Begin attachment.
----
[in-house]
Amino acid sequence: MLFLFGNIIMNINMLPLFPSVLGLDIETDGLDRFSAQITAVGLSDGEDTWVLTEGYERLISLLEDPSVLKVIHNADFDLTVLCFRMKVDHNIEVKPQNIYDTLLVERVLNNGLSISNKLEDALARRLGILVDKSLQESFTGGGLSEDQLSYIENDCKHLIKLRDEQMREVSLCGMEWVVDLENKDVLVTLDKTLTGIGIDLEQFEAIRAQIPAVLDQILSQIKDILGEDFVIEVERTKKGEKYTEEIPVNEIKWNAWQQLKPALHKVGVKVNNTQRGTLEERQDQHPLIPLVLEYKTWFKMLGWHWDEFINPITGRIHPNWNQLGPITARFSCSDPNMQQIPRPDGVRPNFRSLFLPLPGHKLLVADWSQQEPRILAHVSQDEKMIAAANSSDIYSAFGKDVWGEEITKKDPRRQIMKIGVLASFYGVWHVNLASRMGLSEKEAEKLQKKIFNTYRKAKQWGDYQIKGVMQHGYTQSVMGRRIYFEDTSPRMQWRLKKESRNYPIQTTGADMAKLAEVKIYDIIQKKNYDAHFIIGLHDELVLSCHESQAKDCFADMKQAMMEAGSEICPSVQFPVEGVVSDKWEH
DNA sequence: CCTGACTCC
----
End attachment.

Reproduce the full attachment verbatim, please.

[in-house]
Amino acid sequence: MLFLFGNIIMNINMLPLFPSVLGLDIETDGLDRFSAQITAVGLSDGEDTWVLTEGYERLISLLEDPSVLKVIHNADFDLTVLCFRMKVDHNIEVKPQNIYDTLLVERVLNNGLSISNKLEDALARRLGILVDKSLQESFTGGGLSEDQLSYIENDCKHLIKLRDEQMREVSLCGMEWVVDLENKDVLVTLDKTLTGIGIDLEQFEAIRAQIPAVLDQILSQIKDILGEDFVIEVERTKKGEKYTEEIPVNEIKWNAWQQLKPALHKVGVKVNNTQRGTLEERQDQHPLIPLVLEYKTWFKMLGWHWDEFINPITGRIHPNWNQLGPITARFSCSDPNMQQIPRPDGVRPNFRSLFLPLPGHKLLVADWSQQEPRILAHVSQDEKMIAAANSSDIYSAFGKDVWGEEITKKDPRRQIMKIGVLASFYGVWHVNLASRMGLSEKEAEKLQKKIFNTYRKAKQWGDYQIKGVMQHGYTQSVMGRRIYFEDTSPRMQWRLKKESRNYPIQTTGADMAKLAEVKIYDIIQKKNYDAHFIIGLHDELVLSCHESQAKDCFADMKQAMMEAGSEICPSVQFPVEGVVSDKWEH
DNA sequence: CCTGACTCC